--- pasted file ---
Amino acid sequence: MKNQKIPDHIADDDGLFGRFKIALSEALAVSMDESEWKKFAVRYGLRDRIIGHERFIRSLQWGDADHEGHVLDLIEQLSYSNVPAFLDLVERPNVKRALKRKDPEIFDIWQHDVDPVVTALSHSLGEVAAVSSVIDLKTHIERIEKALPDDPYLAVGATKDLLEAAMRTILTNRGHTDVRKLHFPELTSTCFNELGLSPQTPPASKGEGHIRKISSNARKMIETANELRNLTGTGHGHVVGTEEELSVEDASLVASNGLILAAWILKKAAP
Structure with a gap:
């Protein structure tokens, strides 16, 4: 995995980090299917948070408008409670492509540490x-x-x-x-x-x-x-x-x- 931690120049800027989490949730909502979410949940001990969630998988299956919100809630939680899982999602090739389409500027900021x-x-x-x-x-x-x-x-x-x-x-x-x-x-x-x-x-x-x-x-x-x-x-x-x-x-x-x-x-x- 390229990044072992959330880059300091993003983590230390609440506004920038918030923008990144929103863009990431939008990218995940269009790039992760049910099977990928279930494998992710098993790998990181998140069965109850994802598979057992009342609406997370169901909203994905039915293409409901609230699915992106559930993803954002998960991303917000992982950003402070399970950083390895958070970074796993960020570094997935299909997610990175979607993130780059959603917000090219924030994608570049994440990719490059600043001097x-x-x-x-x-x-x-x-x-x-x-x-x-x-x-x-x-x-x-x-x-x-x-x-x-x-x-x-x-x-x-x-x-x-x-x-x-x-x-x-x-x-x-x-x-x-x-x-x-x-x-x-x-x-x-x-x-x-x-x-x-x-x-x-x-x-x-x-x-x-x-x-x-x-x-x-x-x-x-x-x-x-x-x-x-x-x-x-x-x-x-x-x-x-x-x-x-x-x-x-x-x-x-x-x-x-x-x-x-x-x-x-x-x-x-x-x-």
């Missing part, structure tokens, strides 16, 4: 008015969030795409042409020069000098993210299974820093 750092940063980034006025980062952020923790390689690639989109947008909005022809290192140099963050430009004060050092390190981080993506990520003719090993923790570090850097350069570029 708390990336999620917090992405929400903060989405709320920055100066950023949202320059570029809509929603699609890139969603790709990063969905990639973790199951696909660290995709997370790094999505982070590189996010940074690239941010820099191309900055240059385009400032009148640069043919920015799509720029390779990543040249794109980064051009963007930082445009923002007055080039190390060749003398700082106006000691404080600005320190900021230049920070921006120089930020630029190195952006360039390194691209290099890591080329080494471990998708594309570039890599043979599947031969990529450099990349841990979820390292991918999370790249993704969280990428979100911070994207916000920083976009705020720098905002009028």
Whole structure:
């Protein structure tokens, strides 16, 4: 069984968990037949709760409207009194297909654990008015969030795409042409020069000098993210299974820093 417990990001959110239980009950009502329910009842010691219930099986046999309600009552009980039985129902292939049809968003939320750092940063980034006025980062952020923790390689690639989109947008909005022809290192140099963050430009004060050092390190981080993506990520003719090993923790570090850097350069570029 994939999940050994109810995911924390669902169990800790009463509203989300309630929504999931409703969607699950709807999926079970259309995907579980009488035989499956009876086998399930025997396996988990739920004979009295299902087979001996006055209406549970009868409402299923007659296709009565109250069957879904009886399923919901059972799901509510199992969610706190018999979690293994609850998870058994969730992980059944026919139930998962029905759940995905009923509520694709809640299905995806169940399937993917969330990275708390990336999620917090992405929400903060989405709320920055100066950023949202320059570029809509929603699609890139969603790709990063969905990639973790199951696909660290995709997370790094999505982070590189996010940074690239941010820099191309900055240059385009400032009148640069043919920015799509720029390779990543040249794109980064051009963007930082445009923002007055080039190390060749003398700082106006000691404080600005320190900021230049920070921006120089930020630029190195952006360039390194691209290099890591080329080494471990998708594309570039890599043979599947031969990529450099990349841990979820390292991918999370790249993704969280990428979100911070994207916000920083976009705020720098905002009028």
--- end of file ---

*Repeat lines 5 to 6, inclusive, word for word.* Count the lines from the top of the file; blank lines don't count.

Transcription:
Whole structure:
């Protein structure tokens, strides 16, 4: 069984968990037949709760409207009194297909654990008015969030795409042409020069000098993210299974820093 417990990001959110239980009950009502329910009842010691219930099986046999309600009552009980039985129902292939049809968003939320750092940063980034006025980062952020923790390689690639989109947008909005022809290192140099963050430009004060050092390190981080993506990520003719090993923790570090850097350069570029 994939999940050994109810995911924390669902169990800790009463509203989300309630929504999931409703969607699950709807999926079970259309995907579980009488035989499956009876086998399930025997396996988990739920004979009295299902087979001996006055209406549970009868409402299923007659296709009565109250069957879904009886399923919901059972799901509510199992969610706190018999979690293994609850998870058994969730992980059944026919139930998962029905759940995905009923509520694709809640299905995806169940399937993917969330990275708390990336999620917090992405929400903060989405709320920055100066950023949202320059570029809509929603699609890139969603790709990063969905990639973790199951696909660290995709997370790094999505982070590189996010940074690239941010820099191309900055240059385009400032009148640069043919920015799509720029390779990543040249794109980064051009963007930082445009923002007055080039190390060749003398700082106006000691404080600005320190900021230049920070921006120089930020630029190195952006360039390194691209290099890591080329080494471990998708594309570039890599043979599947031969990529450099990349841990979820390292991918999370790249993704969280990428979100911070994207916000920083976009705020720098905002009028």